Example of a Business Scenario

Imagine you're a marketer at a company that specializes in shoes.
You've been tasked with helping launch a new line of women's pumps, and the CEO has already gone on record saying he expects them to sell like hotcakes.
Your team, however, has noticed something odd in your analytics reports: around 70% of your web traffic appears to be women, but only about 20% of those visitors convert to a sale.
Even your most loyal customers don't seem interested in the new pumps, to make matters worse. In fact, almost none of them have visited the shoe section lately.

In this case, there's a good chance that most of the women visiting your site aren't actually interested in buying new shoes. It's still possible that some of them are willing to buy shoes if they're marketed to them appropriately.
And suppose you could figure out which women were most likely to be interested in buying pumps. In that case, you could target your marketing efforts accordingly and improve your conversion rate.
That's where profiles of buyer personas come in handy.

You decided to create a buyer persona for this situation. Let's call her Jane.
Jane might be in her mid-30s, married, and has two children under 5.
She works part-time as a dental assistant at a local practice.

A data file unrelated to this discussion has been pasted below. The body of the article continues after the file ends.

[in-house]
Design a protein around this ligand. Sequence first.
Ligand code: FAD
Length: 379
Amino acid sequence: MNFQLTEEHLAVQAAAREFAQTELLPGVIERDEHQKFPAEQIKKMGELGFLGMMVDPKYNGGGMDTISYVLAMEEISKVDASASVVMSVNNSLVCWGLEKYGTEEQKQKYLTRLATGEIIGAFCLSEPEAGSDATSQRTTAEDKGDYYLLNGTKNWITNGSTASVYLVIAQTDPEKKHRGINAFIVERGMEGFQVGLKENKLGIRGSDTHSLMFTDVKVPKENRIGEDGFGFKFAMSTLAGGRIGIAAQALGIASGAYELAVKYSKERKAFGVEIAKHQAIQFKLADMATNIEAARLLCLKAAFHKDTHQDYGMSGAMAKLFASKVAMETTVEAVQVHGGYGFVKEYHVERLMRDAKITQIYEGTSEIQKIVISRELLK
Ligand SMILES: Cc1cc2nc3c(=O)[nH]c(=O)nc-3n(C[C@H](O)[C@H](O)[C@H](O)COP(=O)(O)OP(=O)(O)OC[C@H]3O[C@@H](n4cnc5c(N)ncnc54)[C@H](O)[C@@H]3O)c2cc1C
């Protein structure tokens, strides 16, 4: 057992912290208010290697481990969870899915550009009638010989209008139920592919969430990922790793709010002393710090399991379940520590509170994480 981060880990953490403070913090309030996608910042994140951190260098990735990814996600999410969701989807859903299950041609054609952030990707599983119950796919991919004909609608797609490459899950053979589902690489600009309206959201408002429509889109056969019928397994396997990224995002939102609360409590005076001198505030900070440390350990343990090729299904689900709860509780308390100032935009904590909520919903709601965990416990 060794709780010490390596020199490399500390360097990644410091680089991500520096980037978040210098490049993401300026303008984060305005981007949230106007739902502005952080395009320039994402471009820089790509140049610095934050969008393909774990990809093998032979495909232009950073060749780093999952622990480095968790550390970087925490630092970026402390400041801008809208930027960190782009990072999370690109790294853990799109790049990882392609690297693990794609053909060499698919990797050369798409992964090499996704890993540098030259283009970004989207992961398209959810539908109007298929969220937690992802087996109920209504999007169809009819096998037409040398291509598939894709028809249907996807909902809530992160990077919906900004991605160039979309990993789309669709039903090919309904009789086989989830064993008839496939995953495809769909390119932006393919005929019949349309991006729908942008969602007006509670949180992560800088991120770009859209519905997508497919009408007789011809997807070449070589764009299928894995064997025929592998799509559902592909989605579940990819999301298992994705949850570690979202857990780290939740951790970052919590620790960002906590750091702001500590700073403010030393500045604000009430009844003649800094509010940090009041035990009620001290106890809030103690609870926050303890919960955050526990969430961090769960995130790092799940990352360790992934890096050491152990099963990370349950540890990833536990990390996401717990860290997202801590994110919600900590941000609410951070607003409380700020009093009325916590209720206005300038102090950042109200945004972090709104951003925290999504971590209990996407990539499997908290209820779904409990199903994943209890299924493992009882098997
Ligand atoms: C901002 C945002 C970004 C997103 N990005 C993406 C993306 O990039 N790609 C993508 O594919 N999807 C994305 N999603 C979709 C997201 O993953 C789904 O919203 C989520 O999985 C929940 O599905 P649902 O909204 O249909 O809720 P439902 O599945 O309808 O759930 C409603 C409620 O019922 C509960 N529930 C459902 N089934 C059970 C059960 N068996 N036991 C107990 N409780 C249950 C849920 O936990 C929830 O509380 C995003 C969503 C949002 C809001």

Still, She is thinking about going back to school to become an accountant.
Jane is on a tight budget, but she'd like to own at least one pair of nice shoes. She's not really looking for everyday wear -- just something stylish that will help her feel confident during tax season.

When Jane visited your site, she probably went right to the clearance shoe section. If you could have identified that she was in the market for pumps, you might have directed her to a marketing page that showed off your new line.
Instead, Jane probably just went straight back to her inbox because she wasn't interested in browsing pumps or any other shoes.
If marketers had used buyer persona data, they'd know there's very little chance of selling Jane on pumps. Maybe a sale on flats would have been more successful.

With this new knowledge, the marketer can craft individual landing pages for each shoe category to increase their chances of getting Jane to click through and sign up.
That way, if someone who fit Jane's profile visited the site in the future, they would automatically be presented with advertisements for flats.
Just knowing that not all women are interested in pumps and marketing accordingly could have meant the difference between success or failure for that campaign. Simple and effective? You bet!


Writer's note

Thanks for reading my blog post about buyer personas! It was such a joy to write, and I hope you enjoyed it. Feel free to reach out if you ever have any questions or concerns regarding the content here at 2099-we're all about helping each other stay classy up in this neck of woods!

 Natalia Kurys